People have been told many things about breakfast. For example:
All of these claims have been based on the findings of published scientific research.
However, careful scrutiny of methods, sample sizes and false deductions based on correlations, not causation has proven most of these claims are wrong - myths rather than facts.
The study highlights the bias that has crept into research studies about human nutrition and diets.
The reality is that there is no magic about food, which should be regarded as fuel (calories) you put into your tank with a reserve tank (fat) that you can top up and draw from as needed.
Breakfast is just another meal, another opportunity to top up the main tank. What matters is how much fuel you add in relation to how much fuel you use of burn.
Learn more about breakfast myths and how to avoid them.
A review, recently published in The American Journal of Clinical Nutrition, found that the claim that skipping breakfast causes weight gain in various studies exceeds the strength of scientific evidence presented in those studies. It is a classical case of a correlation being wrongly extrapolated to prove a causal relationship. Just because more obese people skip breakfast does not prove that missing breakfast caused their obesity. The analysis of a number of previous studies showed evidence of:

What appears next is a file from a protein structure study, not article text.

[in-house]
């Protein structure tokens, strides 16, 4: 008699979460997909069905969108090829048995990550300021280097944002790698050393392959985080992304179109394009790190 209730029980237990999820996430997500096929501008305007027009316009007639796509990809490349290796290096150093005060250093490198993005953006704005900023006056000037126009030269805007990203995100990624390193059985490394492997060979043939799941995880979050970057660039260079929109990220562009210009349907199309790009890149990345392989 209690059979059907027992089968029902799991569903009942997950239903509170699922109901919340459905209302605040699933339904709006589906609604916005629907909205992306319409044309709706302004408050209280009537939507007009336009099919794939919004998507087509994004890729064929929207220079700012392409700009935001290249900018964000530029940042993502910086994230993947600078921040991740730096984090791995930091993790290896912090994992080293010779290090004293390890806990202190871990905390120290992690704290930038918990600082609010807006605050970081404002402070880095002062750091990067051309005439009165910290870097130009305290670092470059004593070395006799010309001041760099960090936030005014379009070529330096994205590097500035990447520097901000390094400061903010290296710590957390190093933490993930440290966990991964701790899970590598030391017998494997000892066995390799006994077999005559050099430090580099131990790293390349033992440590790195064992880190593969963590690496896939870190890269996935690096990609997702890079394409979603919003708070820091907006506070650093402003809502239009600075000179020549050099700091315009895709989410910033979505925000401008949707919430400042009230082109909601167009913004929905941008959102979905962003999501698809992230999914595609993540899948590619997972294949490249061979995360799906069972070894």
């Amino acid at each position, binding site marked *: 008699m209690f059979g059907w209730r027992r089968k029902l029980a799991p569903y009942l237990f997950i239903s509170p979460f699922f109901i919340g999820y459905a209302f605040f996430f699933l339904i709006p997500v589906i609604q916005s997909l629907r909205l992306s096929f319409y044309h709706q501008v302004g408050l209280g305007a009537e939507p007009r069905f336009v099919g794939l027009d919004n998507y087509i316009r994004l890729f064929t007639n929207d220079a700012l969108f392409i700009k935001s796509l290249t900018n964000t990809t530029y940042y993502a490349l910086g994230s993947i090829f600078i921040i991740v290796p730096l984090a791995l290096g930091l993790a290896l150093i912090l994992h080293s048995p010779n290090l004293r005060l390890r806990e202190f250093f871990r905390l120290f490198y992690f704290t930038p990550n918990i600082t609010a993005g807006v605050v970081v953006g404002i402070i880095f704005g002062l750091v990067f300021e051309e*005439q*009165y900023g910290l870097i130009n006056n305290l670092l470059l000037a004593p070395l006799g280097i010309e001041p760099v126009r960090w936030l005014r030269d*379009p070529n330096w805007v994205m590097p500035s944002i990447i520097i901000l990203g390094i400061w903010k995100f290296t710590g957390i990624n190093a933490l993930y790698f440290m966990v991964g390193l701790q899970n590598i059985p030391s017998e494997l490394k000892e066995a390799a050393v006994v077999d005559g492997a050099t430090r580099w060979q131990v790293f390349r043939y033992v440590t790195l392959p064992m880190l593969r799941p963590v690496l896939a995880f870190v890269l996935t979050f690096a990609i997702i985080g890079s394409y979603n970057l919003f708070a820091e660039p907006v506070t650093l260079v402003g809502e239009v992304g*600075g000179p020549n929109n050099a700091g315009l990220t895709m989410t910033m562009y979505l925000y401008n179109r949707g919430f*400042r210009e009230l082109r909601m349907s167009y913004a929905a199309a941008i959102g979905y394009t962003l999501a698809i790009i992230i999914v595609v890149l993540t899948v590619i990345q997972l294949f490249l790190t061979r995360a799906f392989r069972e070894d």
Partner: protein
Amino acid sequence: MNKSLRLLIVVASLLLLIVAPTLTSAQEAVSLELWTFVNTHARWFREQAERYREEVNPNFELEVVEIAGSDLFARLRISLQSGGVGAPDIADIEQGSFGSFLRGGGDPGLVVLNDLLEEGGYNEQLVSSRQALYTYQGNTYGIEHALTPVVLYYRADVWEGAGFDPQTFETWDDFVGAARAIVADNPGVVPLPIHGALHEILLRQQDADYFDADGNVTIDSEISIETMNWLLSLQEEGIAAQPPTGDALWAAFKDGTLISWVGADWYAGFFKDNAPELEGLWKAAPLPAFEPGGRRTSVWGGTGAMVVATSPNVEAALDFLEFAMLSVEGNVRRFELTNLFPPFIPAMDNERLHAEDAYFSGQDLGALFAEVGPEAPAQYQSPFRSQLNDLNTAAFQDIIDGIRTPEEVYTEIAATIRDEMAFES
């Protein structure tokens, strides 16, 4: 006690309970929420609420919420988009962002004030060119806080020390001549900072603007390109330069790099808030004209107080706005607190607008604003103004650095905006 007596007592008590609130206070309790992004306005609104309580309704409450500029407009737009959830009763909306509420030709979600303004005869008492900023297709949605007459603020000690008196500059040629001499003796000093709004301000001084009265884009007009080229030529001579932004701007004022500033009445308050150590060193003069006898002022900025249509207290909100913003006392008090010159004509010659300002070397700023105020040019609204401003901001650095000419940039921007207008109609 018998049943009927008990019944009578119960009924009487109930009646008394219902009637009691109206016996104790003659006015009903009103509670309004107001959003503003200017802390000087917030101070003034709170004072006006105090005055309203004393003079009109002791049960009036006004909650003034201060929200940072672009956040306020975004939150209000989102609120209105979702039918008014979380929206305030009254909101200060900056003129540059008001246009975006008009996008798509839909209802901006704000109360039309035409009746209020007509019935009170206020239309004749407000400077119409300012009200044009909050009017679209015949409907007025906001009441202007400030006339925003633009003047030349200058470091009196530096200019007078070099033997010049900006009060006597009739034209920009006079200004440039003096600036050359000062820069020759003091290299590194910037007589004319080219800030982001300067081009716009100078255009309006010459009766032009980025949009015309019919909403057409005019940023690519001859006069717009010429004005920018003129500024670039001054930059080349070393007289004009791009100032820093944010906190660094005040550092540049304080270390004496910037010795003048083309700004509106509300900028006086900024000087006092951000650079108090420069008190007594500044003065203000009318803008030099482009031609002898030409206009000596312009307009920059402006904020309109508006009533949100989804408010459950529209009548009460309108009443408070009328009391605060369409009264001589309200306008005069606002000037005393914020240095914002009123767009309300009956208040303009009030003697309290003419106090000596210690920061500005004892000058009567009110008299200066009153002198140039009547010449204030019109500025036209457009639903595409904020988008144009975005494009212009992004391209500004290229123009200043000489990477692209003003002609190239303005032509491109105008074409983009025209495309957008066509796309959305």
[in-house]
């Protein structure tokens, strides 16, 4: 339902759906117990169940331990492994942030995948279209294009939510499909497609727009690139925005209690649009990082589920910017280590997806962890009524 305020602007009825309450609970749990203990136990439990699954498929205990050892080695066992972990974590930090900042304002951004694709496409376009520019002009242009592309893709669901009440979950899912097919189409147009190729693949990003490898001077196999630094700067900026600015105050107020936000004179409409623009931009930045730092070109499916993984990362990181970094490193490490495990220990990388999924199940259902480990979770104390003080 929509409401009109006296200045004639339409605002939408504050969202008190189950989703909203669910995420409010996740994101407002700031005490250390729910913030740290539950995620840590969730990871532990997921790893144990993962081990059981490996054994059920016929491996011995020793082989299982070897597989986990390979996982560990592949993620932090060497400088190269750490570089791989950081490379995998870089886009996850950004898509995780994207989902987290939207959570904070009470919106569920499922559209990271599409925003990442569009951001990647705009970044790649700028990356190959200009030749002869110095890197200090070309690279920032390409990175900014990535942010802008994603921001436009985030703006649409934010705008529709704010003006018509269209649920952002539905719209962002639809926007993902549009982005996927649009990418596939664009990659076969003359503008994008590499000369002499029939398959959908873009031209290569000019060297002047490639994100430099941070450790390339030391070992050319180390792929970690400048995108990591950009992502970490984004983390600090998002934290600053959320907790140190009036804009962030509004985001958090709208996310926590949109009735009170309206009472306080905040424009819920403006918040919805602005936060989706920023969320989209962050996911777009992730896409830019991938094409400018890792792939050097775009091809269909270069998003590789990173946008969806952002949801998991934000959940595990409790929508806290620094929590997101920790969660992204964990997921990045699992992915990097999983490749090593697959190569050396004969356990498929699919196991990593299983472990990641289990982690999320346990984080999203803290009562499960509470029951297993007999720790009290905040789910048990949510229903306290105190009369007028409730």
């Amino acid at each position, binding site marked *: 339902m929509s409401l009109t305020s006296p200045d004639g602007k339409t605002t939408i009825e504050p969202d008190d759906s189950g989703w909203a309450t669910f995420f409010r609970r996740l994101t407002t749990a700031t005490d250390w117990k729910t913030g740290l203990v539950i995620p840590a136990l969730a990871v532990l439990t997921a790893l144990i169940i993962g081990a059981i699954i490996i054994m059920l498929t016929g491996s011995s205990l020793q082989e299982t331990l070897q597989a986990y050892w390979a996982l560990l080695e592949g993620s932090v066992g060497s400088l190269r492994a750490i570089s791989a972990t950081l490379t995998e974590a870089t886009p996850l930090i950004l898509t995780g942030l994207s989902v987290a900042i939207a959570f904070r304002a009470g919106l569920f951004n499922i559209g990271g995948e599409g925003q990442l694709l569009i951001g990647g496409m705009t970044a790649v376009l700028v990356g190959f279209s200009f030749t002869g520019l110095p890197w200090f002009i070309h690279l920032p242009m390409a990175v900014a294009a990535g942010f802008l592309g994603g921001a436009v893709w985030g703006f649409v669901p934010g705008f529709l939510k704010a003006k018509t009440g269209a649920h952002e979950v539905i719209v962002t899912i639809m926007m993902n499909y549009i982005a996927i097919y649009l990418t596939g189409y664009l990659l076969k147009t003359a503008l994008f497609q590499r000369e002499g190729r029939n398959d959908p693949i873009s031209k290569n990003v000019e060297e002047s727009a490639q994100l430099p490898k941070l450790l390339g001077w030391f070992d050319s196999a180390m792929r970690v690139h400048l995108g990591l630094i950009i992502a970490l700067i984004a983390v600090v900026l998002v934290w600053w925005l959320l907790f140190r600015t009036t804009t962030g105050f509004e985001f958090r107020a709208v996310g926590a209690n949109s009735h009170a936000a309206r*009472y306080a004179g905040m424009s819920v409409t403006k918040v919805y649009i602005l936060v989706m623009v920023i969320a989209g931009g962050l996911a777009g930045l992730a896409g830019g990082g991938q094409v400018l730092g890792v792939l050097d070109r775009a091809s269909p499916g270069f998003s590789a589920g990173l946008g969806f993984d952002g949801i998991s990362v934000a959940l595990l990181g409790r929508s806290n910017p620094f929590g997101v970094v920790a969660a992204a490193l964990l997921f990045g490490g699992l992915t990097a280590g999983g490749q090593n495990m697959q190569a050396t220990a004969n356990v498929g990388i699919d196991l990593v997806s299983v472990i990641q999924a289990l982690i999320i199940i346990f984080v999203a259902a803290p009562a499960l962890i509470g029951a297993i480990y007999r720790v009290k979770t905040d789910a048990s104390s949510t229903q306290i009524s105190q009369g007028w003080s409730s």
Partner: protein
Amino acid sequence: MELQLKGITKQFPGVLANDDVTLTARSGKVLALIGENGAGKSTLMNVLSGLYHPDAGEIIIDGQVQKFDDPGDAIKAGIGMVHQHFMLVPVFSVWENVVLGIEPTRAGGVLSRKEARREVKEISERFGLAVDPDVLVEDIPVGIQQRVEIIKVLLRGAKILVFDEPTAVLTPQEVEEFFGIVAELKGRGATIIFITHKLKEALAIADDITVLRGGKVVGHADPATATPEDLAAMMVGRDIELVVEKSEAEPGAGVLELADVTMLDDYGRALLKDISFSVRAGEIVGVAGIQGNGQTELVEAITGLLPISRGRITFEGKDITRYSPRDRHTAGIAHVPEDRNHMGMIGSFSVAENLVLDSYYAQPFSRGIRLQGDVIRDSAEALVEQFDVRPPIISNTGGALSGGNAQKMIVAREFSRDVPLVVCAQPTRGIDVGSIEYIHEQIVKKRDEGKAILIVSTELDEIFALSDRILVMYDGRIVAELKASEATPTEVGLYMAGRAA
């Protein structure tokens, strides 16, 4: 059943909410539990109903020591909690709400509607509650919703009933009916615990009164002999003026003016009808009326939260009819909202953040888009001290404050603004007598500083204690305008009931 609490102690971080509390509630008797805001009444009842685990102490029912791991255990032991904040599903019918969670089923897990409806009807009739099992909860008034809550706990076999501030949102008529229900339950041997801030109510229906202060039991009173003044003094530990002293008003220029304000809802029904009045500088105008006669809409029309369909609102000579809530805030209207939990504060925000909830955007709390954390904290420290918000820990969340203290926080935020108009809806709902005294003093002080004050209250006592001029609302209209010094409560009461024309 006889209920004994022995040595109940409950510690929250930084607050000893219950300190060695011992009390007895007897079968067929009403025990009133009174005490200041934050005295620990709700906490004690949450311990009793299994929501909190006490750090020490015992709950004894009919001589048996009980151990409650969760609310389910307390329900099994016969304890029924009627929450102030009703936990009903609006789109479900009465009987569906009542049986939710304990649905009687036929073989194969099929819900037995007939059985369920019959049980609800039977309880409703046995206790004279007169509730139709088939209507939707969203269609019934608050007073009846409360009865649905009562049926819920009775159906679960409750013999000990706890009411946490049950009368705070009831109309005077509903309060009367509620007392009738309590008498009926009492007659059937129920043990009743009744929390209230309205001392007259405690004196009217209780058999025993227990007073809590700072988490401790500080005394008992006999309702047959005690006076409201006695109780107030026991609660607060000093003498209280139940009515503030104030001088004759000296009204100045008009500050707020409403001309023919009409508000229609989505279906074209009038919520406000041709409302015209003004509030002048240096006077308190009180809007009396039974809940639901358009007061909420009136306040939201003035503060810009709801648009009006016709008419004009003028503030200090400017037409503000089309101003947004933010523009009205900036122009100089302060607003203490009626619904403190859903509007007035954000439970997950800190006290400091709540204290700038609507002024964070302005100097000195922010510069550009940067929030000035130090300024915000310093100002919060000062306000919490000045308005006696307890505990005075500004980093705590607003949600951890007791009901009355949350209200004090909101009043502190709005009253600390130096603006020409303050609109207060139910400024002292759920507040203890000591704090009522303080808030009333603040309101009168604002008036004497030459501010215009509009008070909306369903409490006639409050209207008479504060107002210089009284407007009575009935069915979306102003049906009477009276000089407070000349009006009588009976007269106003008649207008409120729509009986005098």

Unfortunately there is a tendency for the rigors of the classic scientific method of testing and disproving of hypotheses to be compromised by bias and preconceptions. Researchers rush to find support for prior claims and conclusions without proper assessment of the validity of the first study.
Correlation is like the common cold in science where the expressions 'Great minds think alike' and 'Fools never differ' can be driven by the clamor for highly competitive research grants.
The classic example is the story of the scientist who proved that stomach ulcers were caused by a bacteria that could be treated with antibiotics. This claim was laughed at by the established scientific community for may years, before all the previous claims and research hit a iceberg and sunk like the Titanic.
Extrapolation from correlation to cause is the incurable disease of scientific research. And so say all of Us!
A new study at Cornell University found that while skipping breakfast did tend to lead to an increase in calories consumed at lunch, the extra calories did not make up for the calories missed at breakfast.
For some adults, missing breakfast, or fasting at breakfast may actually be a good way to lose weight – not gain it.
At the end of the day what matters is how many calories you have eaten and burned. This is not rocket science. It is just like fuel for your car. It makes no difference how many times you fill the tank or when you do it. What matters is supply and demand. With food and calories any excess calories get stored as fat (the reserve tank).
Any deficit between what is burnt or expended and shuffles into and out of the fat reserves (the spare tank).
When you fuel up, and when you press the accelerator or apply the brakes matter very little. Its the net daily total that matters. That is common sense. Its not rocket science.